What happens when machine learning algorithms pick up on human biases? Naturally, the bias scales.
This article covers the extraordinary challenge that machine learning practitioners face when they set their algorithms loose on training datasets. What will be the consequences of their data choice? In what context will the results be used?
The results can often be surprisingly offensive - and the anti-bias techniques now being employed to counter this are becoming more and more sophisticated.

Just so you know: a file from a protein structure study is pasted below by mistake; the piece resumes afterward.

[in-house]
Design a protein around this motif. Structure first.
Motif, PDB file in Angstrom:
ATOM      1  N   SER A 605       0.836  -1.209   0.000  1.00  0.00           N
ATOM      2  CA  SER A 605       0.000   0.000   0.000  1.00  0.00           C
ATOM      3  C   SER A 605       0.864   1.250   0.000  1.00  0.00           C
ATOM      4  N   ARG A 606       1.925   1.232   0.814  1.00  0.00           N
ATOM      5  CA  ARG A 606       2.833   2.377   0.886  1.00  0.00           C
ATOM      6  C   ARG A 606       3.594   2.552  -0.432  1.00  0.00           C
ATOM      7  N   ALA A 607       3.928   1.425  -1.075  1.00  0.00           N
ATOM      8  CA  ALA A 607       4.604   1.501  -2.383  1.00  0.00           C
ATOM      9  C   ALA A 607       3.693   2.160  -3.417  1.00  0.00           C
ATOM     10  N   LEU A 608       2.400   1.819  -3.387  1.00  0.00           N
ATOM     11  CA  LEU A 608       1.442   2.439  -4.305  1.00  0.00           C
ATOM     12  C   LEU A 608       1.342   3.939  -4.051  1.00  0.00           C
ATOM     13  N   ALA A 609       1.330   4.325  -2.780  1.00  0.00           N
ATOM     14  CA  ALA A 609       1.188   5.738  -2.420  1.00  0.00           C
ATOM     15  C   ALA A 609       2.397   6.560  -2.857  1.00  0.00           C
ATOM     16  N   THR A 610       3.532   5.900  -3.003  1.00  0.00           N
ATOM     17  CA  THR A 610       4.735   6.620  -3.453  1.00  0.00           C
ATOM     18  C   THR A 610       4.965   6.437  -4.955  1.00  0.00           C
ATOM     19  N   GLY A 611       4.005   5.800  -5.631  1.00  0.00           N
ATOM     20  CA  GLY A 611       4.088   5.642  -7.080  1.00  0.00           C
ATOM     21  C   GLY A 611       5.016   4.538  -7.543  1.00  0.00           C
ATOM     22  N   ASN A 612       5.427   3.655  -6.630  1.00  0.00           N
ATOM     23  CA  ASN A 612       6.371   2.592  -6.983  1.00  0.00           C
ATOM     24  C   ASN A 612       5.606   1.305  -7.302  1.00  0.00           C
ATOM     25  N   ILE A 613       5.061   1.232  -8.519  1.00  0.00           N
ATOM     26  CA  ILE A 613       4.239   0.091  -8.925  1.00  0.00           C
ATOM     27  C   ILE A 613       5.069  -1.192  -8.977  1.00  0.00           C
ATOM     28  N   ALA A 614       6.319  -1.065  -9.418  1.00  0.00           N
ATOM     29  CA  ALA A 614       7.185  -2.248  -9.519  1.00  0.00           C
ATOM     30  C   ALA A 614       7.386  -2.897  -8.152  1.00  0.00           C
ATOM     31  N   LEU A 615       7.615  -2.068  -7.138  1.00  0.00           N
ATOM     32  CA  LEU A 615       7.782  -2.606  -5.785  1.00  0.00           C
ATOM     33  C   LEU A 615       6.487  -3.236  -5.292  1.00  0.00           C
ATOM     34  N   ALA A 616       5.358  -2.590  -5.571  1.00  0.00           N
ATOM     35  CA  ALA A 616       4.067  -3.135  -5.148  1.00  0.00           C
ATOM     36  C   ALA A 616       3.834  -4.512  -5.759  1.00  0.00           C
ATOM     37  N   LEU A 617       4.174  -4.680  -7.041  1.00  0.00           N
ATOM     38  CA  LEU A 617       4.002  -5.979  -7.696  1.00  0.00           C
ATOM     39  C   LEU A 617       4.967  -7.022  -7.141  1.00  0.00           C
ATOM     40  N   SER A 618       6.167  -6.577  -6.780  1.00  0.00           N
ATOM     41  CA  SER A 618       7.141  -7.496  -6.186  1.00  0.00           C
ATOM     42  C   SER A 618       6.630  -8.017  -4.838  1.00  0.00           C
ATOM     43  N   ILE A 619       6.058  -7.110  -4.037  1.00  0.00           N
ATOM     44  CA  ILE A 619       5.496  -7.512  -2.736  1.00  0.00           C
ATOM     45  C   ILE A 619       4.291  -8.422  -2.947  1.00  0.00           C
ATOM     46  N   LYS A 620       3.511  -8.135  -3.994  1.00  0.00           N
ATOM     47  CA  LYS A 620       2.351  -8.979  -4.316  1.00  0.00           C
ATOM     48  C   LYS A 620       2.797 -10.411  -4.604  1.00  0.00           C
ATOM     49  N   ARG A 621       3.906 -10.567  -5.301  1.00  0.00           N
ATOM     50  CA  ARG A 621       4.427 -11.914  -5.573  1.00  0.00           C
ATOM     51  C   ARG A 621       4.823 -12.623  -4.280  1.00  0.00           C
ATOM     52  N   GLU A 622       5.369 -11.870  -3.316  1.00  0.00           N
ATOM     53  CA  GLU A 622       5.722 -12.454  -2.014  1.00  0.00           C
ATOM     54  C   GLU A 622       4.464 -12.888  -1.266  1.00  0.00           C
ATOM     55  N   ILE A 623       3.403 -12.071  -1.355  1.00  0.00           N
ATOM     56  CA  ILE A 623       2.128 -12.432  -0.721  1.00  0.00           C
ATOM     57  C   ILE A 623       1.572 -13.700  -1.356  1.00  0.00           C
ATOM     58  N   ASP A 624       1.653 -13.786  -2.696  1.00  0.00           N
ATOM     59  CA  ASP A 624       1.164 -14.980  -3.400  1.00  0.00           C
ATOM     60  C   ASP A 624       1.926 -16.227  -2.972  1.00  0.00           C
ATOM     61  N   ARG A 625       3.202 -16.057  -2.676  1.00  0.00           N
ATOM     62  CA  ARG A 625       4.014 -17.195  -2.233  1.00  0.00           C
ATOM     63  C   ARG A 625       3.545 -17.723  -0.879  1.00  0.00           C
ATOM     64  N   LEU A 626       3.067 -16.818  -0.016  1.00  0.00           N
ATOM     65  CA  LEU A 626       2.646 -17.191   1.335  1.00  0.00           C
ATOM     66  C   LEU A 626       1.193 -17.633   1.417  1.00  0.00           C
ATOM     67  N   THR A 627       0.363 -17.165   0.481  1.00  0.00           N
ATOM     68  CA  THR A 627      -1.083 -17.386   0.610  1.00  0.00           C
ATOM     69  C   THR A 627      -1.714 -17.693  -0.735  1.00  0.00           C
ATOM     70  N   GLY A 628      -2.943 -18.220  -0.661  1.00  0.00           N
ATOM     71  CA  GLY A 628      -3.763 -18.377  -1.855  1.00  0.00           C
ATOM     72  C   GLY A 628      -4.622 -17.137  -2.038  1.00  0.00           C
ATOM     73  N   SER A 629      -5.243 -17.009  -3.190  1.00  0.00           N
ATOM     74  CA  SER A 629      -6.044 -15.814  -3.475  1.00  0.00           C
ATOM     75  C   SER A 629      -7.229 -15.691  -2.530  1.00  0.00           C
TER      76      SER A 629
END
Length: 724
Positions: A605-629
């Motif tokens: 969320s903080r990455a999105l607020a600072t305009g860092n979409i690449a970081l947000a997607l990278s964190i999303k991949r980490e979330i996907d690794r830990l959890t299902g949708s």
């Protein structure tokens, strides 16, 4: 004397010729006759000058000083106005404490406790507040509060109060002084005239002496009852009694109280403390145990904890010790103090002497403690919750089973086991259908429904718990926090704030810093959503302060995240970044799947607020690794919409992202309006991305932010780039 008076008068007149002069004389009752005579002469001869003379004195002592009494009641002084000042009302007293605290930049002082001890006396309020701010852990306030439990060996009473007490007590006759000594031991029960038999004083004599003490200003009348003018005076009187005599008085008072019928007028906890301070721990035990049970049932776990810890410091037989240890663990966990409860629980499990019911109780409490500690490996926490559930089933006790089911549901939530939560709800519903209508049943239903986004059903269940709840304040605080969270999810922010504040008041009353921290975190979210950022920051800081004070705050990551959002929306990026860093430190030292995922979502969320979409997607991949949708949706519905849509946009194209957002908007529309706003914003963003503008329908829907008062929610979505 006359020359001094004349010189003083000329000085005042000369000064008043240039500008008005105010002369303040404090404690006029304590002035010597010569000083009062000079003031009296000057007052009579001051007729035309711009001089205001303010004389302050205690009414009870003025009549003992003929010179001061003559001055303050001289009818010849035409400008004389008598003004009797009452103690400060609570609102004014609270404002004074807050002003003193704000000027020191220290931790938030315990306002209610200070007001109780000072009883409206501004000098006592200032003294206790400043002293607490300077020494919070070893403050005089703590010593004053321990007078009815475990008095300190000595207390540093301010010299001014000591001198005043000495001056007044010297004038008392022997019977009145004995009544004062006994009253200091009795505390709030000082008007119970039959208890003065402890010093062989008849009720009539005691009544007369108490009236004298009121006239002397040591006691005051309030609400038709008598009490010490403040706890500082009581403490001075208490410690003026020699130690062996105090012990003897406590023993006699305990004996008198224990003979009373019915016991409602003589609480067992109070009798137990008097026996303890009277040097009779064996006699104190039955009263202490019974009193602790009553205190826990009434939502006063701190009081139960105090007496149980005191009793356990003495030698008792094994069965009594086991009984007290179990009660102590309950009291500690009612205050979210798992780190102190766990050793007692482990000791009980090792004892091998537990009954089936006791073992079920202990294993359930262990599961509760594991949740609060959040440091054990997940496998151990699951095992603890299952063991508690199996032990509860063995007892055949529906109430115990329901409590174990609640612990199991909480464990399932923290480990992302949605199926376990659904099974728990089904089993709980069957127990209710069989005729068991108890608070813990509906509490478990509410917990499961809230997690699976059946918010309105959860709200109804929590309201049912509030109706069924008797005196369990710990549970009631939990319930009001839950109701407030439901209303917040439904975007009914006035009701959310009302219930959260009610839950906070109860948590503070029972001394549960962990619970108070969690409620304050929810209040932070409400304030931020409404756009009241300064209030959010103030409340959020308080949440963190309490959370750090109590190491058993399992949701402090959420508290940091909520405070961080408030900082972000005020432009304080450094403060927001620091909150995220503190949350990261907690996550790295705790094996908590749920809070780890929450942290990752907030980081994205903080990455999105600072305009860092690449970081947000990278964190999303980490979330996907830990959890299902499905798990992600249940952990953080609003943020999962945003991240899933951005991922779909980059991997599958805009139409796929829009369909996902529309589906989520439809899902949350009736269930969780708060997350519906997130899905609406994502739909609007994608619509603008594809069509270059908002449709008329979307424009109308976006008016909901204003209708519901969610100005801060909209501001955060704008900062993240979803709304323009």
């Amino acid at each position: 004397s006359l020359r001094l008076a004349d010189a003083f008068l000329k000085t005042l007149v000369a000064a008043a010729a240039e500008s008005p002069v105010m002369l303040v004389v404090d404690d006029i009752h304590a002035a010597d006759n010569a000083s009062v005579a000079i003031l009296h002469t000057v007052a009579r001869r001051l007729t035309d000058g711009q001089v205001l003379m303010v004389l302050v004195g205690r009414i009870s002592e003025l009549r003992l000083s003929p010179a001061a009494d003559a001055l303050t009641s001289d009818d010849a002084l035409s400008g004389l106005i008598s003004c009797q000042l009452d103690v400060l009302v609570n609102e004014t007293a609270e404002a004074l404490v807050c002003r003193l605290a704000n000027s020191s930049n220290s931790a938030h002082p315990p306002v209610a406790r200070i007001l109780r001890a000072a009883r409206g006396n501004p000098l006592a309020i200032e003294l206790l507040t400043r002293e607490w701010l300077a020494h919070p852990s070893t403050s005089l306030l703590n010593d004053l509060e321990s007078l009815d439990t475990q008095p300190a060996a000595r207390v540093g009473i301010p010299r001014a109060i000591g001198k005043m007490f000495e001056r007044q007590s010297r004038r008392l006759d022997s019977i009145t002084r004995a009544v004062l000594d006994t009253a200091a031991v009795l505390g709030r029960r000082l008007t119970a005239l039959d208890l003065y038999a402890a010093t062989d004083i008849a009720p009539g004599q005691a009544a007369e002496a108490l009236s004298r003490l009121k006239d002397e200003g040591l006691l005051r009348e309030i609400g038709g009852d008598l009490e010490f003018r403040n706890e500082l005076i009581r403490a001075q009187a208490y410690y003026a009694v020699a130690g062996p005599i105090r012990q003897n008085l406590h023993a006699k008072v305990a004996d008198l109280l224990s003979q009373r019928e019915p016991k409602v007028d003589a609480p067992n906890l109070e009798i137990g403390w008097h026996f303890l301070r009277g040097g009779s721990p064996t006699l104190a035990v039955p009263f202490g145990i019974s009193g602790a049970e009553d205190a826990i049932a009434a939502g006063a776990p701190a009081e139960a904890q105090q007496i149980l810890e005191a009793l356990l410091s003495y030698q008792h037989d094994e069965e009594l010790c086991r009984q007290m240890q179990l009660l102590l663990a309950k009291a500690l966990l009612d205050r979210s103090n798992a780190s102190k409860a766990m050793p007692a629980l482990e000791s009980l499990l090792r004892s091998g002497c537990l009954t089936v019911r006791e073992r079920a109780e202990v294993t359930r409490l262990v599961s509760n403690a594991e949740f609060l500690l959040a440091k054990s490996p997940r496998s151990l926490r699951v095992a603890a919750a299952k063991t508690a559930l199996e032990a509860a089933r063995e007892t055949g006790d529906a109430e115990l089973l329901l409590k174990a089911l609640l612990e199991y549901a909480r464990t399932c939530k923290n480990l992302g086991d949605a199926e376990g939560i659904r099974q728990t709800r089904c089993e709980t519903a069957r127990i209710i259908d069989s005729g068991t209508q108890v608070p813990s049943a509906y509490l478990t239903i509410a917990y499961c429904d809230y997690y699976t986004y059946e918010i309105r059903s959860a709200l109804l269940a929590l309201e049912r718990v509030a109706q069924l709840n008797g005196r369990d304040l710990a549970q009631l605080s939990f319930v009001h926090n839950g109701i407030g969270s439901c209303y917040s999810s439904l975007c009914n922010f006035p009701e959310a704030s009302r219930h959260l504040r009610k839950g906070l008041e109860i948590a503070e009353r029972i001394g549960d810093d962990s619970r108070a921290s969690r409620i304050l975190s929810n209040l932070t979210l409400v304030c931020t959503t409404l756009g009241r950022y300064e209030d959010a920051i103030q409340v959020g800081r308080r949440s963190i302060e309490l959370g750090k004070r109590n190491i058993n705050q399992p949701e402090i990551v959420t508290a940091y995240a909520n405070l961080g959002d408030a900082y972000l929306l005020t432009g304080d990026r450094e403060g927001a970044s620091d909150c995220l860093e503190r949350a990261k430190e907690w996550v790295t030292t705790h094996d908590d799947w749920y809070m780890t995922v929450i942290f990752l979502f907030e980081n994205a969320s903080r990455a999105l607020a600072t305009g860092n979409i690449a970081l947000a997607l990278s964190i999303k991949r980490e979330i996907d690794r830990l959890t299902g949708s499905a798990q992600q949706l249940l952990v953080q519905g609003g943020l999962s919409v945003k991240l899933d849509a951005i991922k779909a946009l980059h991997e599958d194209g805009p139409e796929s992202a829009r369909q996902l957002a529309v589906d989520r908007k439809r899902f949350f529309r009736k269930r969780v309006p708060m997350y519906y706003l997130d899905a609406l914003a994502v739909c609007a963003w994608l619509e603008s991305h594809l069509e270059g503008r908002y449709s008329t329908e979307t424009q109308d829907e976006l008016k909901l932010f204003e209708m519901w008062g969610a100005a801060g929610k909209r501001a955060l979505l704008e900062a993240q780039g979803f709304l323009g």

There are many other examples of algorithmic bias, where algorithms help propagate inequity. A translation tool produced female associations with family and male associations with career, while Google’s photo tagging service mistakenly identified black photo subjects as gorillas. Often these types of mistakes aren’t due to an actual computing error or an evil cackling data scientist behind a partition. They occur when the algorithm is trained on data that doesn’t represent a population well enough, or when the algorithm is irresponsibly designed to optimize a singular type of decision.